Yeah, and that, that was the biggest key, I guess. And I heard that from other twin parents, I heard it in your book talked about trying to get him on a schedule, when we did everything we could keep them on that schedule. And the idea of, you know, don’t wake a sleeping baby is kind of bunk when you have twins, you know, and, you know, when one wakes up because he’s hungry, you wake the other one up otherwise. And we didn’t really get that right away. I want to say it took us a week and a half to finally go, this is dumb. We’re not getting any sleep. Because the minute every you know, everybody we thought was asleep, the other one would wake up. So we’re like, Okay, now we’re not doing this again. You wake up, you’re waking up, and we’re feeding you and you’re both going back down. So at least we can get an hour and a half to two hours.
And that worked for us as well. Sometimes it takes a little while for you to realize that it’s it’s very difficult to just feed them one after the other because there’s never a break for you. And that’s not enough. None of sleep were your boys are breastfeeding or bottle feeding.
Yes. They so Jill didn’t produce right away for a little bit. It took her a little bit to catch up. But we were definitely supplementing. So we would have, you know, she would breastfeed and then we’d supplement with formula or if we had some that she had pumps or whatever, because she went back to work. After three, three months. I’m gonna say three, four months she went back to work was definitely a Okay, well, he didn’t seem to eat very good. So here’s a bottle. Like we always had backup just in case.
You mentioned that she went back back to work after about three months. What was your work time off situation like?
I’m still not. I’m a stay at home dad.
That’s fantastic. Was that the plan before they were even born?
Yes, yes, it was. I was a general contractor before so owning my own business. It’s like, Okay, I’m going to just hold on to all my tools and wait until they go back to go to school. And then, you know, I can either pick that back up or not. We’ll see what happens when when that time comes.
Well, that’s wonderful. So you’ve been you’ve been within the last four years?
Yep. Yeah, from day one, it’s, it’s been a heck of a ride.
So I guess you look ahead, like another year or a year and a half, and they’ll be going off to school. How do you feel about that, that transition on the horizon?
Excited. I’m also a little trepidation. I mean, it’s it’s still it kind of nerve wracking, especially nowadays with COVID and everything else. But I’m, I’m hoping, you know, when, when they’re ready to go to actual school to kindergarten, that will be clear. And, you know, it’ll just be them going there. They’re excited about it. Because they see their friends going and they want to go so it’s it’s definitely something where I think they’re going to thrive. So that’s going to be a big positive, but I doesn’t take any nerves off of me necessarily. I’m still, you know, it’s letting them go sort of thing, but I think they’re gonna be awesome when it comes to that time.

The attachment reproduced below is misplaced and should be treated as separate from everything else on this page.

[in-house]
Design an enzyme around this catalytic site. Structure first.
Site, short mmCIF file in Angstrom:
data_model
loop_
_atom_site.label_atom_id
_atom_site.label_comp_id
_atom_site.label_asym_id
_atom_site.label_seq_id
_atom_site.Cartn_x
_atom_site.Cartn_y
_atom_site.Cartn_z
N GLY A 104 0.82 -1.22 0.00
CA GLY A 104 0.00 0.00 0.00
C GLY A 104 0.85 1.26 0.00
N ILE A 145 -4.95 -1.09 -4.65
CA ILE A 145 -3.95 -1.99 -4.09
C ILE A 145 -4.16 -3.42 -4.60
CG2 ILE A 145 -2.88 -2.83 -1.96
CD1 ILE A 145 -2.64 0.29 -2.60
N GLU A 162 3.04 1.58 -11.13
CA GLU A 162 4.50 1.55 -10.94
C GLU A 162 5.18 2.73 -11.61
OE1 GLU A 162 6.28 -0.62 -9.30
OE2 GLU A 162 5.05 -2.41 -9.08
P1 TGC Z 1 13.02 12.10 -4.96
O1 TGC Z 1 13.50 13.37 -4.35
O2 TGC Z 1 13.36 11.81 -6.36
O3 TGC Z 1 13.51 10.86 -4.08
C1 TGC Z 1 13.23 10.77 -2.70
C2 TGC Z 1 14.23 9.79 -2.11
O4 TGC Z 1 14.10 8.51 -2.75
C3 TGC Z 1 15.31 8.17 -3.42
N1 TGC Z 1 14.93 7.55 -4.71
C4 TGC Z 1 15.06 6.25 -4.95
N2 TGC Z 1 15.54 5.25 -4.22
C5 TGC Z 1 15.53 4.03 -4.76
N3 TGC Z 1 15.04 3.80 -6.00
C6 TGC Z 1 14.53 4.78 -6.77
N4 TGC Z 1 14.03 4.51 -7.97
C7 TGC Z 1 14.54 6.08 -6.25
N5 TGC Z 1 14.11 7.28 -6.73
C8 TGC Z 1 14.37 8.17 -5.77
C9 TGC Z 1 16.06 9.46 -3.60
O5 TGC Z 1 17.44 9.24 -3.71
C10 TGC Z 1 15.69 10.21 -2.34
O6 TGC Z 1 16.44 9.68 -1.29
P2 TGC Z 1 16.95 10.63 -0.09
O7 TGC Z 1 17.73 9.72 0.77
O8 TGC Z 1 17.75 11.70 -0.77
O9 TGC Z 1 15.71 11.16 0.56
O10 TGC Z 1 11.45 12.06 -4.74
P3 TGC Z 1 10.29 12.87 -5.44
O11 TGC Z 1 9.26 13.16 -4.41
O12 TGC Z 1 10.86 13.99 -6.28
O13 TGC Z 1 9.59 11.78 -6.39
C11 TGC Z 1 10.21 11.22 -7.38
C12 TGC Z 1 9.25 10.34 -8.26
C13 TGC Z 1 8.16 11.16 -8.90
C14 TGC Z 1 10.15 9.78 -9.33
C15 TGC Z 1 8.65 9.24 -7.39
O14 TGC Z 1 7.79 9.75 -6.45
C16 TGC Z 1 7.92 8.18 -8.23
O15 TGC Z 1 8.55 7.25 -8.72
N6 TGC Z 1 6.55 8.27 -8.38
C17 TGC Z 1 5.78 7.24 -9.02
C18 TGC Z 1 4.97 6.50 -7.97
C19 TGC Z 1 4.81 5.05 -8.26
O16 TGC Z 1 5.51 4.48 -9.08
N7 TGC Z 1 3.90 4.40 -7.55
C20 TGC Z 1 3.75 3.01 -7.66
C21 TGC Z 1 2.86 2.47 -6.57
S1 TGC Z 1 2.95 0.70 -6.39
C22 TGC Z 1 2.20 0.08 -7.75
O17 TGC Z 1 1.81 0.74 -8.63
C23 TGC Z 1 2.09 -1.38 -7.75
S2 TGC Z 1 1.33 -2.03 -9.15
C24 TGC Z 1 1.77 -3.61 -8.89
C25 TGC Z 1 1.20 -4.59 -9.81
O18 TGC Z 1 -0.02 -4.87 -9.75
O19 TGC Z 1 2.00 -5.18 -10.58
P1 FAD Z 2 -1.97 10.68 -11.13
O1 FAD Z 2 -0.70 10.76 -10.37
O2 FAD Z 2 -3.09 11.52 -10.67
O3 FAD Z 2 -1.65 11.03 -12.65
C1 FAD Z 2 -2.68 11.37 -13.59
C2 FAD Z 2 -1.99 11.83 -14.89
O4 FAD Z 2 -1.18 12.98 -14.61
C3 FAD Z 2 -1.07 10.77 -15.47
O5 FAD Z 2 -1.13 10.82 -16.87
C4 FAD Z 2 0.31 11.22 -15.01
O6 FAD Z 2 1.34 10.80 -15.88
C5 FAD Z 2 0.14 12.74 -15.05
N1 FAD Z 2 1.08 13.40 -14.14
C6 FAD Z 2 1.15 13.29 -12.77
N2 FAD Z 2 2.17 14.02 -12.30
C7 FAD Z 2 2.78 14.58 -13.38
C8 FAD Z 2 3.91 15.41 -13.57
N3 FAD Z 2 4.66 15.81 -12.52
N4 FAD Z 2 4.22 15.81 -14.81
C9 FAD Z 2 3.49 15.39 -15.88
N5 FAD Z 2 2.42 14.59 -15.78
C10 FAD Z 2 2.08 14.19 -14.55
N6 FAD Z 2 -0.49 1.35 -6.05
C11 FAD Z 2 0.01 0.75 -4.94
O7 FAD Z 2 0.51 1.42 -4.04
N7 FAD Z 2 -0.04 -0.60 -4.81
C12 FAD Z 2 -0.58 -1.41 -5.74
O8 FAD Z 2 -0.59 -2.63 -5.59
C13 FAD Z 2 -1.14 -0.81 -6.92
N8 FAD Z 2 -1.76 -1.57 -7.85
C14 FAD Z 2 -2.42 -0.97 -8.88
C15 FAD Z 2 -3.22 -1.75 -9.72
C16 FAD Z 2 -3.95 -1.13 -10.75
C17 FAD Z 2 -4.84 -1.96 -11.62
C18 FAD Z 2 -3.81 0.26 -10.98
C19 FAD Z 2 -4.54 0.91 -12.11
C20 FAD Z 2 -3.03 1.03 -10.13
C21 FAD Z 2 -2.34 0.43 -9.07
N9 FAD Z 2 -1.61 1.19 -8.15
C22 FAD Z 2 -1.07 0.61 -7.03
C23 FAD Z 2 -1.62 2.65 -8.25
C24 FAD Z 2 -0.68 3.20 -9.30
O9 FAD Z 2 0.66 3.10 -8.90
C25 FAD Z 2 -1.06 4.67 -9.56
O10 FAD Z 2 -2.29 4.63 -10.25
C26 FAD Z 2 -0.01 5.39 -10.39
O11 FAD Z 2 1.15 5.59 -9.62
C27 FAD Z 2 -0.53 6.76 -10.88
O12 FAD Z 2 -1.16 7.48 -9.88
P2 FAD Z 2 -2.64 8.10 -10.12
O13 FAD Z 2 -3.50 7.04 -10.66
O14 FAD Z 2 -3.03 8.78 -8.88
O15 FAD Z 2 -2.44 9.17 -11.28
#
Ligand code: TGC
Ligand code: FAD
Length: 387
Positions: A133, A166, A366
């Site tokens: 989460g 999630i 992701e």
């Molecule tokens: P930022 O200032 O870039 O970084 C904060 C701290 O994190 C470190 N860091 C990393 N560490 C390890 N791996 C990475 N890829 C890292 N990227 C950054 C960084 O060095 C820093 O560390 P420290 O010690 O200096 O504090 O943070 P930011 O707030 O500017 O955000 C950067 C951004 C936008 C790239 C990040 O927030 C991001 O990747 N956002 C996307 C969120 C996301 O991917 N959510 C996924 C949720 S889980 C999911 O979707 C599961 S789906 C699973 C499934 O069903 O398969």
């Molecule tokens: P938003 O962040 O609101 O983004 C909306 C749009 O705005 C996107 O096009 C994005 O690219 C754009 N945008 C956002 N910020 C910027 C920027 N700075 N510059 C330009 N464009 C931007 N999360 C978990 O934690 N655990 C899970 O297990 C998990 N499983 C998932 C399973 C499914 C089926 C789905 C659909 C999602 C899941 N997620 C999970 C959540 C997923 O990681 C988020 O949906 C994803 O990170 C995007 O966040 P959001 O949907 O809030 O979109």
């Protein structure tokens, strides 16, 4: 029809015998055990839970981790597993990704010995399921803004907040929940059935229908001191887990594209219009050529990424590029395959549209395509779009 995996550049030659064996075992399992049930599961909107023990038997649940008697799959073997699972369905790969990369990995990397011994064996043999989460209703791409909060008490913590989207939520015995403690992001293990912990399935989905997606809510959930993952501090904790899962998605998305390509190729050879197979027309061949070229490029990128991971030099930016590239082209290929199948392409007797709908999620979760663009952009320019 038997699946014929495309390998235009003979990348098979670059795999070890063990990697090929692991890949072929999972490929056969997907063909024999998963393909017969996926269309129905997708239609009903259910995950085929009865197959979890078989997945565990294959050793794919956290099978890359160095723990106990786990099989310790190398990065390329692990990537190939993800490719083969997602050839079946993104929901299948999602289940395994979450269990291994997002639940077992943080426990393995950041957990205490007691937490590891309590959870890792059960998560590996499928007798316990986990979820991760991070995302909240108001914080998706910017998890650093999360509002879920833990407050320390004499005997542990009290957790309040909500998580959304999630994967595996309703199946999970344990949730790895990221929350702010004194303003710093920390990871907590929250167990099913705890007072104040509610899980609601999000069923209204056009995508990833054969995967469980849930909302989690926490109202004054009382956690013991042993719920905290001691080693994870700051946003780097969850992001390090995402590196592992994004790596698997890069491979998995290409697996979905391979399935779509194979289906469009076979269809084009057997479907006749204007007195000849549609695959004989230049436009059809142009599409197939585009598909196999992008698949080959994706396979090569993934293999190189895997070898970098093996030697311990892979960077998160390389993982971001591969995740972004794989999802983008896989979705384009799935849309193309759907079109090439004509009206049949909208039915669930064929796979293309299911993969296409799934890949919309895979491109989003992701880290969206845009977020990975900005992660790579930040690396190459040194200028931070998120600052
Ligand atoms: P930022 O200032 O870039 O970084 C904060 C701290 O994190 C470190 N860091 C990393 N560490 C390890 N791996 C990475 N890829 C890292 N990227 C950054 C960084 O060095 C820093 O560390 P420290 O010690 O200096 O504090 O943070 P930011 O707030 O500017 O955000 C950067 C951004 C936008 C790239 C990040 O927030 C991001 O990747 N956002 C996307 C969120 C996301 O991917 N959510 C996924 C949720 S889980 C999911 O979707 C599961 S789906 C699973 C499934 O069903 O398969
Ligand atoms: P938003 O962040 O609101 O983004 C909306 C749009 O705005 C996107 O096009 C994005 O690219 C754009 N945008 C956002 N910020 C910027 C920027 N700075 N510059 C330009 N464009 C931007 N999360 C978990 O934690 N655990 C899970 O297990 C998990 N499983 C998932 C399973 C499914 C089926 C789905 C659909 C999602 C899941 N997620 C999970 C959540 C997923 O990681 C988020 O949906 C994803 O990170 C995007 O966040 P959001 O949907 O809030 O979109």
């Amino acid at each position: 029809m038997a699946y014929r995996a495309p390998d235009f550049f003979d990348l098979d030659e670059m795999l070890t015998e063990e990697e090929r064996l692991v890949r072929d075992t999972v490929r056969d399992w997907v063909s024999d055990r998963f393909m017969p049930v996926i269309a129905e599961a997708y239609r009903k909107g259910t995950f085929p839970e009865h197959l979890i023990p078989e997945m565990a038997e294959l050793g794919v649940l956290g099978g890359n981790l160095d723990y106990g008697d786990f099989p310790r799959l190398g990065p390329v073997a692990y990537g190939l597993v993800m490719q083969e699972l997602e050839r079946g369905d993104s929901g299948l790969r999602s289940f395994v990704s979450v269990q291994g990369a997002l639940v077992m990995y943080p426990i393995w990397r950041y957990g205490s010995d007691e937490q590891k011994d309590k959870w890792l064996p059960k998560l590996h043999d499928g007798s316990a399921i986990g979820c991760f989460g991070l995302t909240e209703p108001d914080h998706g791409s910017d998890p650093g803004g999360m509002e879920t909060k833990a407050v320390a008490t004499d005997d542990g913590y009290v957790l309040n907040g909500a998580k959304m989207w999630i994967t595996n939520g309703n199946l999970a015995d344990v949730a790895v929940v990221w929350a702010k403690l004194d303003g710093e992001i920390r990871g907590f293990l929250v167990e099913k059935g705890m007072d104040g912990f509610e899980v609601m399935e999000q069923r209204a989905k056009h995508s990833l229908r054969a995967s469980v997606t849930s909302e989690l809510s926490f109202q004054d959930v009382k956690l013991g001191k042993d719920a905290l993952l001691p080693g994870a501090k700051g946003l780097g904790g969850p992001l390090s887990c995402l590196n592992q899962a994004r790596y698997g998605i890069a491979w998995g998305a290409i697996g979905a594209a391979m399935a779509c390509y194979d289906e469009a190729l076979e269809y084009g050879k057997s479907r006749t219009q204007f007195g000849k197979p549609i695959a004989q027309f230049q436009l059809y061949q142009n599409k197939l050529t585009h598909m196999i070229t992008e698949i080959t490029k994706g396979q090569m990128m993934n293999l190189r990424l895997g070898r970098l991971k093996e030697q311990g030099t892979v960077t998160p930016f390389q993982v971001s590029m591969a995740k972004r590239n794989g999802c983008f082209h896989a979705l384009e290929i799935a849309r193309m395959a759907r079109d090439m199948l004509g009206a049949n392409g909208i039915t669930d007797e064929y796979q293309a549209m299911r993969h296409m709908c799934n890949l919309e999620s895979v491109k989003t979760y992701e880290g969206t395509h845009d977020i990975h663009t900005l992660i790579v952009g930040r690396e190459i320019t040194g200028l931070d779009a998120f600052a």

It’s fun to look at that, especially now that they’re the age where you can have conversations with them and they know what’s coming down the road and the future was cool. It’s fun to see your kids excited about the future.
Yeah, I think they’re more excited about getting on a bus than anything else.
Yes, a little things, little things, right. Let’s talk about some milestones with your boys. You had was potty training experience like with them?
It was it was interesting. Um, cuz we kind of went with letting them kind of set the pace a little bit. We tried to kind of push it a little bit when they turned a little past their second birthday and we started to switch over to training pants and we started to kind of, you know, we had a potty and just about every room I think, you know, and they would get used to it. They they go before bath time. Like no matter what if it was bath time. They would go. Like they knew it was kind of a cool thing to do that and then they take a bath, and then they put a diaper back on. But we got to a certain point, I want to say they were right at two and a half and tightened. took off. He’s like, I’m done. I don’t want these anymore. I’m, I’m potty trained. And he just did. You know, there was still an occasional accident, but it wasn’t very often. And then Taoists kind of reverted for a little bit. And then just before their third birthday, they were 100%. Good to go. Right. They, and it was we gave them a lot of positive reinforcement. Most of the time, what they wanted, what really got them spurred to do it was the craziest thing, cat videos, if they could just sit and watch cats doing silly things. They would go poop whenever, you know, it was like, Okay, it’s time to go. But I want a cat video. Alright, cool. I’d set an iPad up and let them watch cat video until they were done. And that became the thing. So it, it just became the thing for a while. And I want to say yeah, they were three, three and a couple of months and the cat videos kind of waned and went away. And they’ve been pretty solid. I mean, very rarely do we have unless they’re playing and forget sort of thing. But other than that, they’re really good about it right now.